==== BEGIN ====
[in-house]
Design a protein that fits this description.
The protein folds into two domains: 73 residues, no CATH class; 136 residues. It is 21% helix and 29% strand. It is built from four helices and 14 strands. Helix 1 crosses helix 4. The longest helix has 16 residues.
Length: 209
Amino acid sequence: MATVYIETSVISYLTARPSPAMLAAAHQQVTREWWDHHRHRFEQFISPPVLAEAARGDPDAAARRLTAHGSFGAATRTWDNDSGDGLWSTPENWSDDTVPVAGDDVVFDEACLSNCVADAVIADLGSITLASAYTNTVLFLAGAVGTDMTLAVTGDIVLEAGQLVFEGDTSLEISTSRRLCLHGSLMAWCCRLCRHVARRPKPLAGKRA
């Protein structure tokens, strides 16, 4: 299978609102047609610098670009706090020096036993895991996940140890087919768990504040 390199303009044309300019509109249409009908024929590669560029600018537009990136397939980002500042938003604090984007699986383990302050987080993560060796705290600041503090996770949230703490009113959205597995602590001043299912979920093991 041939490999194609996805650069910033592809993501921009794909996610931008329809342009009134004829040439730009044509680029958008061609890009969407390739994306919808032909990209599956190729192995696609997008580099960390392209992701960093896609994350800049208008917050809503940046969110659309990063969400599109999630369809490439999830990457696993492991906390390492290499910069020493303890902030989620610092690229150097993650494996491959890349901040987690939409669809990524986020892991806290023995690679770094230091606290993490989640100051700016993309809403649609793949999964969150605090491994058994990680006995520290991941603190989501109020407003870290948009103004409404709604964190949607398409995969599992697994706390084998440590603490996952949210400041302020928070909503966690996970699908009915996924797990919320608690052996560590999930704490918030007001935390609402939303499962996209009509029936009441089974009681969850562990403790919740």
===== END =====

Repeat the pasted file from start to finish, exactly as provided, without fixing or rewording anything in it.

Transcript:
[in-house]
Design a protein that fits this description.
The protein folds into two domains: 73 residues, no CATH class; 136 residues. It is 21% helix and 29% strand. It is built from four helices and 14 strands. Helix 1 crosses helix 4. The longest helix has 16 residues.
Length: 209
Amino acid sequence: MATVYIETSVISYLTARPSPAMLAAAHQQVTREWWDHHRHRFEQFISPPVLAEAARGDPDAAARRLTAHGSFGAATRTWDNDSGDGLWSTPENWSDDTVPVAGDDVVFDEACLSNCVADAVIADLGSITLASAYTNTVLFLAGAVGTDMTLAVTGDIVLEAGQLVFEGDTSLEISTSRRLCLHGSLMAWCCRLCRHVARRPKPLAGKRA
């Protein structure tokens, strides 16, 4: 299978609102047609610098670009706090020096036993895991996940140890087919768990504040 390199303009044309300019509109249409009908024929590669560029600018537009990136397939980002500042938003604090984007699986383990302050987080993560060796705290600041503090996770949230703490009113959205597995602590001043299912979920093991 041939490999194609996805650069910033592809993501921009794909996610931008329809342009009134004829040439730009044509680029958008061609890009969407390739994306919808032909990209599956190729192995696609997008580099960390392209992701960093896609994350800049208008917050809503940046969110659309990063969400599109999630369809490439999830990457696993492991906390390492290499910069020493303890902030989620610092690229150097993650494996491959890349901040987690939409669809990524986020892991806290023995690679770094230091606290993490989640100051700016993309809403649609793949999964969150605090491994058994990680006995520290991941603190989501109020407003870290948009103004409404709604964190949607398409995969599992697994706390084998440590603490996952949210400041302020928070909503966690996970699908009915996924797990919320608690052996560590999930704490918030007001935390609402939303499962996209009509029936009441089974009681969850562990403790919740």